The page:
All storytellers have different strengths and weaknesses. In telling a story, they’ll play to their strengths, and hopefully that compensates for their weaknesses.
But what happens when a storyteller’s weakness is storytelling?
I can’t fault director JJ Abrams’s ability to make visually stunning movies (lens flares and all).
But his storytelling is terrible, which is born from his appalling world-building.
Word-building is paramount to me. Get it right, and you can sell me anything. I’ll believe immortals are living among us who can only die if they lose their head; I’ll believe an eccentric inventor builds a time machine out of a DeLorean; I’ll believe an archaelogist is retained by the CIA to find the Ark of the Covenant before Hitler’s agents get to it.
That’s the wonderful thing about storytelling: there are no limits to the imagination.
The only limits that exist pertain to how believably you can build that premise.
That’s what you call “suspension of disbelief”. This means when you invest in a story, you can suspend your disbelief so you can accept the world that story exists in, as well as the events that drive it.
Obviously, watching a contemporary drama doesn’t require much suspension of disbelief.
But how about believing that there’s a group of dwarves on a quest to regain their treasure and ancestral home from an evil dragon? Or that humanity evolves to form a benevolent galactic government and explore space? Or that a family moves into a house built on a former cemetery and then becomes haunted?
Here we’re definitely suspending belief.
We accept these premises as constructs that sustain the story.
The problem arises when that construct is flawed. It can no longer contain the story. As the story starts spewing out, the suspension of disbelief breaks down. Then you’re left wondering what the hell’s going on.
Everybody’s experienced this at one time or another. Think about a movie or TV show you’ve seen, or a book you’ve read, where at some point you’ve thought something along the lines of, As if that would happen!
Your suspension of disbelief is ruptured. You become uninvested in the story.
We all have different thresholds for tolerance, but each of us have a breaking point.
Looking at JJ’s CV, he started his directing career with Felicity (1998 – 2002). I’ve never watched it, so I can’t comment.
Next is Alias (2001 – 2005). It’s vague in my memory now, but I recall I enjoyed the first few seasons (many, many years ago, before I grew old and cynical). Jennifer Garner is great as super-spy Sydney Bristow, but it’s Victor Garber (playing her father Jack Bristow) who’s the breakout star character. The story lost me, however, when the leader of the baddies, Arvin Sloane (Ron Rifkin), is captured … and made the leader of the goodies. Only in JJ-land. Also, this espionage show is filled with prophecies. It really becomes silly.
Then came Lost (2004 – 2010). I watched the first couple of seasons, but then grew impatient. They constantly tease answers to questions, then just pose more questions. It’s actually the perfect vehicle for JJ given nothing has to make sense (the more absurd it is, the greater it contributes to the mystique), and nothing ever has to be explained adequately (or at all).
Lost is an important forebear in how JJ tells stories.
On the strength of Alias, Tom Cruise hand-picked JJ to direct Mission: Impossible III (2006). But this was only after Cruise had “creative differences” with David Fincher, and then Joe Carnahan. I’m going to be mean and infer that Cruise wanted somebody who would tow the line for him. As Cruise has shown, he is the creative driver behind his projects, and he never phones it in.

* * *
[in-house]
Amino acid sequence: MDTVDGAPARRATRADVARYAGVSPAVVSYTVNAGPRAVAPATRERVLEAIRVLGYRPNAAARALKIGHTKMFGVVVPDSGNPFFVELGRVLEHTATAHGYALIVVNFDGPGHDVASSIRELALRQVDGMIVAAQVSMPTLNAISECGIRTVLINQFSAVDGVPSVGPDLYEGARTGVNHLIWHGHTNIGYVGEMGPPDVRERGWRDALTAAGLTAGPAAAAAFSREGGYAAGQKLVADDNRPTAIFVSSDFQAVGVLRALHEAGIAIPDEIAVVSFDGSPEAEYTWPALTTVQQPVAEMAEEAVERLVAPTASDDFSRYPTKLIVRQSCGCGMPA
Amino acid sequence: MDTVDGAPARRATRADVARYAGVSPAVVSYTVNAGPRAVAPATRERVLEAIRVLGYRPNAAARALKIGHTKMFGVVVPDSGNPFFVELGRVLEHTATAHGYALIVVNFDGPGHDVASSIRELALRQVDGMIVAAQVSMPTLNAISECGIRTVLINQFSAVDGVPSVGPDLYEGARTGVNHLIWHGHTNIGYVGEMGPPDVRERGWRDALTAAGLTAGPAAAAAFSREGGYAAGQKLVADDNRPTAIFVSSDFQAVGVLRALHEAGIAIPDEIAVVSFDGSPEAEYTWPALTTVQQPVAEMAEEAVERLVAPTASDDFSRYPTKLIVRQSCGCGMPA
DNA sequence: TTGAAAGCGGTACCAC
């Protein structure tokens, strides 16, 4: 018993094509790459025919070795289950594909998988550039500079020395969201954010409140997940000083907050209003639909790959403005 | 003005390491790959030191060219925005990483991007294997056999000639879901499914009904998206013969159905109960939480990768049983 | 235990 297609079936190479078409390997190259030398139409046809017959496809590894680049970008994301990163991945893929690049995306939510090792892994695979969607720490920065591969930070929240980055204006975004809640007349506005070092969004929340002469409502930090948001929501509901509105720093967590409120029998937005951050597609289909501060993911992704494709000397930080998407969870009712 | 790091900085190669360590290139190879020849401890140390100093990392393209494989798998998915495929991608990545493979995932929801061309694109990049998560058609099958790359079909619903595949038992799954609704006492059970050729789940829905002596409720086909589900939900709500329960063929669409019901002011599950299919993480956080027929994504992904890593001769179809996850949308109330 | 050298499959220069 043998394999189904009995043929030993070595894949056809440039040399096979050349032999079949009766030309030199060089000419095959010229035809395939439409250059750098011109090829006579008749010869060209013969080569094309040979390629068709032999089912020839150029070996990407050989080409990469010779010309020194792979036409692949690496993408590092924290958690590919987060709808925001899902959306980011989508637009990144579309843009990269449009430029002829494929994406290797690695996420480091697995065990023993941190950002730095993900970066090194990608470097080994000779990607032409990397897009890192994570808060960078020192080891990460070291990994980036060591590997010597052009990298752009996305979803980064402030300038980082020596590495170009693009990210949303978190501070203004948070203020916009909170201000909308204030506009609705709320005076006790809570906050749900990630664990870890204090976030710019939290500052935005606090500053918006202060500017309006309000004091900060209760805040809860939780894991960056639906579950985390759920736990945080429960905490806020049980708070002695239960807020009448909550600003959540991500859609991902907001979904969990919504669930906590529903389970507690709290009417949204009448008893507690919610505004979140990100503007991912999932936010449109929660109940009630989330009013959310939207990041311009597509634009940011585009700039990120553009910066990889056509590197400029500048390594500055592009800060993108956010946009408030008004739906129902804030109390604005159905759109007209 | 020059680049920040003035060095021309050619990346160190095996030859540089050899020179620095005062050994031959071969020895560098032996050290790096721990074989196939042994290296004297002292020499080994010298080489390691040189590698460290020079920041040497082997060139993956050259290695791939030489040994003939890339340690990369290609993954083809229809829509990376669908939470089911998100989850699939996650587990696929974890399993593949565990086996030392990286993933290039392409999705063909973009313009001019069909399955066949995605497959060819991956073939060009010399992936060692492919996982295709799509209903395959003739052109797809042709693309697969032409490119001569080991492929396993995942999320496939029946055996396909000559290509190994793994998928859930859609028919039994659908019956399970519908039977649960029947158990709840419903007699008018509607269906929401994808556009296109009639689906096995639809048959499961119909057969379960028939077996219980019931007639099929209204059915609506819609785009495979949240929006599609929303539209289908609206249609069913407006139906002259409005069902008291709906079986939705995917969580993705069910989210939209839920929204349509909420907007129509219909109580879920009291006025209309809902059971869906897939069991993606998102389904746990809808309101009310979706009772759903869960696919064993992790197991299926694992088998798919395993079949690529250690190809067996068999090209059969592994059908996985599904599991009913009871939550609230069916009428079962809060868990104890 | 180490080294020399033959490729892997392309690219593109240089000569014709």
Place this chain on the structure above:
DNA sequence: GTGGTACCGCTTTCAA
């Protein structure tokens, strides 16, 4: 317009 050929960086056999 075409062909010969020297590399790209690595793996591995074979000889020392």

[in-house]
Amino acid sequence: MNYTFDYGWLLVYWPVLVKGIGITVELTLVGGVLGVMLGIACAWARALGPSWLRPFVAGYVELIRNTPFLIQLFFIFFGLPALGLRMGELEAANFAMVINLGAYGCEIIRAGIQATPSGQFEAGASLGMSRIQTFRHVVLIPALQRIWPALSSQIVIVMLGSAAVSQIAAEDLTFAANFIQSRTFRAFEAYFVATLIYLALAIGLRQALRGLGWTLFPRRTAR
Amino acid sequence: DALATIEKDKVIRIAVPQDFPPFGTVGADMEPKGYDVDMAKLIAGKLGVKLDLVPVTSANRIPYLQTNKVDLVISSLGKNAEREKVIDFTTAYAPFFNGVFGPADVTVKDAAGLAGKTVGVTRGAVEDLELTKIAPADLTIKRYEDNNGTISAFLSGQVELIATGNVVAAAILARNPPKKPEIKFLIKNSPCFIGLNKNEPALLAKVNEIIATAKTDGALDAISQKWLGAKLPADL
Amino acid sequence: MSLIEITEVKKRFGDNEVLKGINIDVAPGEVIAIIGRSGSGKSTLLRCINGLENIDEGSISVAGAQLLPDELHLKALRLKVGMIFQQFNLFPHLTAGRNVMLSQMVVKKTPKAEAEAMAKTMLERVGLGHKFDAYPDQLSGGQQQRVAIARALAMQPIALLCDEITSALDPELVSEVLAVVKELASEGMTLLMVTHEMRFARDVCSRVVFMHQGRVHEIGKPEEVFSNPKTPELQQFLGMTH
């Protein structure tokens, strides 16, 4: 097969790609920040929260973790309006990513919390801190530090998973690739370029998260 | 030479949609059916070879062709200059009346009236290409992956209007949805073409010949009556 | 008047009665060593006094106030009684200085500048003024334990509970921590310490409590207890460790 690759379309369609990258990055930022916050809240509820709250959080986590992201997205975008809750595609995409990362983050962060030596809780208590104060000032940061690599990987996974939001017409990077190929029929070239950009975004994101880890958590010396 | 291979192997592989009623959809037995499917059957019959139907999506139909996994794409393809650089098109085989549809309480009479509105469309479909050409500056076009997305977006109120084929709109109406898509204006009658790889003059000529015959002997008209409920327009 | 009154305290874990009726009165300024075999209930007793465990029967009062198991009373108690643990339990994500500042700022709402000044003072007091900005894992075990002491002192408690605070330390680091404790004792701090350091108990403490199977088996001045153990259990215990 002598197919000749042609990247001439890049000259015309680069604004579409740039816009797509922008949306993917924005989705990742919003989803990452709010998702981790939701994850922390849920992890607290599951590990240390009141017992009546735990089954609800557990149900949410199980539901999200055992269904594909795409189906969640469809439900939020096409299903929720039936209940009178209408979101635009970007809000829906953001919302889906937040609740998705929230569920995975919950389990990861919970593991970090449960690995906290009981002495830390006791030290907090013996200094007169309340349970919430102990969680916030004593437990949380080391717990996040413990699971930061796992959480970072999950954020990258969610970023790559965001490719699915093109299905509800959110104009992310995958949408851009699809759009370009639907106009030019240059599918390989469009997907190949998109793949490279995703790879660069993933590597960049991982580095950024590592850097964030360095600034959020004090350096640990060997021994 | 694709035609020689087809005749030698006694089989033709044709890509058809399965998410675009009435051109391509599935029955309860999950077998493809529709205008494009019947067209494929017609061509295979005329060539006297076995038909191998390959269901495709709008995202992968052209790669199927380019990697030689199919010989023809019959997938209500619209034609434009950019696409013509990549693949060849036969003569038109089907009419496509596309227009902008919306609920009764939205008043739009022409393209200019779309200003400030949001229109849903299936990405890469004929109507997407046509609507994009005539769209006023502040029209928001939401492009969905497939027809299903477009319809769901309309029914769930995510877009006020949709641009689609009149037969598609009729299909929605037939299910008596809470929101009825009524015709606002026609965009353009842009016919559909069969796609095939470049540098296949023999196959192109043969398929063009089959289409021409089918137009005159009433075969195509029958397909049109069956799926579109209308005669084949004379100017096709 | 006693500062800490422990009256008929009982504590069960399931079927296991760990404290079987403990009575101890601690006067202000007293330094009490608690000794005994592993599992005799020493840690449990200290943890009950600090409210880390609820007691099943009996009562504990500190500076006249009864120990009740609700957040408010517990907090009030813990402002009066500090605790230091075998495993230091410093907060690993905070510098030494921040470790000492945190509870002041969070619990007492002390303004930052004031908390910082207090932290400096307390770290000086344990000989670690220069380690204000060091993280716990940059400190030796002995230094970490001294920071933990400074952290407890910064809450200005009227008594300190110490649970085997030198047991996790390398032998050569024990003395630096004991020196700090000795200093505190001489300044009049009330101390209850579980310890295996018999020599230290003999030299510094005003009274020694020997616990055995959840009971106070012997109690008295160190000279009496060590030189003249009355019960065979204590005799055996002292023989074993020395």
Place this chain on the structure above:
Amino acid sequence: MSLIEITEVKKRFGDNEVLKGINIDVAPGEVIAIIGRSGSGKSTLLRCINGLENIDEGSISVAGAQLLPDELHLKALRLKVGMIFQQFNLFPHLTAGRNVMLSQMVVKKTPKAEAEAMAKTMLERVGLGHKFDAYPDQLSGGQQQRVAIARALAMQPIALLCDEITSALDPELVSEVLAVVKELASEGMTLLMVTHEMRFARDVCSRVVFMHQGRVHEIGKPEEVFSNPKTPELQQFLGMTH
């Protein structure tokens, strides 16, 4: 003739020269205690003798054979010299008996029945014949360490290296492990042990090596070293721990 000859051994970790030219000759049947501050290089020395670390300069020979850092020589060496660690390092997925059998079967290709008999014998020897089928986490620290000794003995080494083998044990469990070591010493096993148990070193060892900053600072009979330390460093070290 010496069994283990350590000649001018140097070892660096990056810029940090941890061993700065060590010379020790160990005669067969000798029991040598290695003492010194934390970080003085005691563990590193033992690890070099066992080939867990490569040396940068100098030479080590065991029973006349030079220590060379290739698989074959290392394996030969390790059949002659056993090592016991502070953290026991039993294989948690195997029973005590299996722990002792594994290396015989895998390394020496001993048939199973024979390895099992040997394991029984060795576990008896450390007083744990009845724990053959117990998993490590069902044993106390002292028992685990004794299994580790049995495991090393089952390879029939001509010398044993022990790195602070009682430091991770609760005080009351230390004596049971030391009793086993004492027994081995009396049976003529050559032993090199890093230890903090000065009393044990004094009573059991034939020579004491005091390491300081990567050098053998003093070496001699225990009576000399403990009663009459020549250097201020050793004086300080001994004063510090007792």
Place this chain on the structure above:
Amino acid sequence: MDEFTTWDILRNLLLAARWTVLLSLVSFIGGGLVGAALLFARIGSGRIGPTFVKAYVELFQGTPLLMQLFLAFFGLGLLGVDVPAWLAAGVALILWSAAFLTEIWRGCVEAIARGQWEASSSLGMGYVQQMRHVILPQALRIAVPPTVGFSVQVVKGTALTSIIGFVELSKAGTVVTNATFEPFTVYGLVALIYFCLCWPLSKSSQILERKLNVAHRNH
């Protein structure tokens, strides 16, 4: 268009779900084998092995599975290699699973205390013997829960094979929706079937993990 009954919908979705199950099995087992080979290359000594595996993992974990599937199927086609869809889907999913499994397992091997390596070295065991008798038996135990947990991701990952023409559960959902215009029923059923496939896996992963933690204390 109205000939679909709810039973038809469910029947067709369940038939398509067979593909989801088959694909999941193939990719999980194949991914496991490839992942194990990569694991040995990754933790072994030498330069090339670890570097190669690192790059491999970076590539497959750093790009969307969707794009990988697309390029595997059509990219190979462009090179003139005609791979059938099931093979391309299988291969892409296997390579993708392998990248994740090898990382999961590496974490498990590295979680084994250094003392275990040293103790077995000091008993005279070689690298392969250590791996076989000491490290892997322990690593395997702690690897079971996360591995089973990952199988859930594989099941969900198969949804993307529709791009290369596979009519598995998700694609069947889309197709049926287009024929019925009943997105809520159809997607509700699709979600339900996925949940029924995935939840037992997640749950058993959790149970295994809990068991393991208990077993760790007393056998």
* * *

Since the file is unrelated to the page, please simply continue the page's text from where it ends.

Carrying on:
Mission Impossible III is excellent – a franchise-reboot after the dire Mission: Impossible II (2000). The third instalment also introduces a relationship arc for Cruise’s Ethan Hunt that carries over the next three movies. If you ever get a chance to watch these movies in quick succession (I watched them over a week), that arc appreciates and is much more poignant.
I’m going to leave the chronology of JJ’s CV to jump ahead to Super 8 (2011), which I watched while I recuperated with a badly broken leg. (Please keep in mind I was on three different sets of painkillers, and two of them were very strong.)
I liked the first half of Super 8, although it very much has no identity of its own, and instead pays homage to Steven Spielberg‘s E.T. the Extra-Terrestrial (1982), Richard Donner‘s The Goonies (1985), and Rob Reiner‘s Stand by Me (1986). These are also coming-of-age stories about young characters who get involved in an adventure. Super 8 does exactly that. But the second half – when the alien is revealed to be this monstrosity – schisms into a bubblegum creature feature which takes the story away from the kids, their bond, and their arc.
At least Super 8 is harmless. (Well, I remember it to be. It’s not like I’ll ever watch it again to clarify.)
I can’t say that about JJ’s other films. They look pretty, which fools many into thinking they’re good movies. And when I say they’re gorgeous, I can’t sell that praise highly enough. They’re generally cast excellently. They echo the right beats, which makes people think they fit within well-established franchises.
But their world building is atrocious.
If you’re truly honest and offer more than a cursory glance and you’re not ….
- defending it by saying, “It’s just a movie”
- doing the movie’s job for it by extrapolating and theorising to provide your own exaplanation
- qualifying that it’s all explained in some third-party source material that it shouldn’t be your responsibility to hunt down
… you’ll find the world building grossly unravels.
From there, there’s little logic to the plot.
Over the next five weeks, I’m going to explore and rate the world building behind JJ’s movies from worst to worstest (yes, I know this is not a word).
Next week, starting with number five …!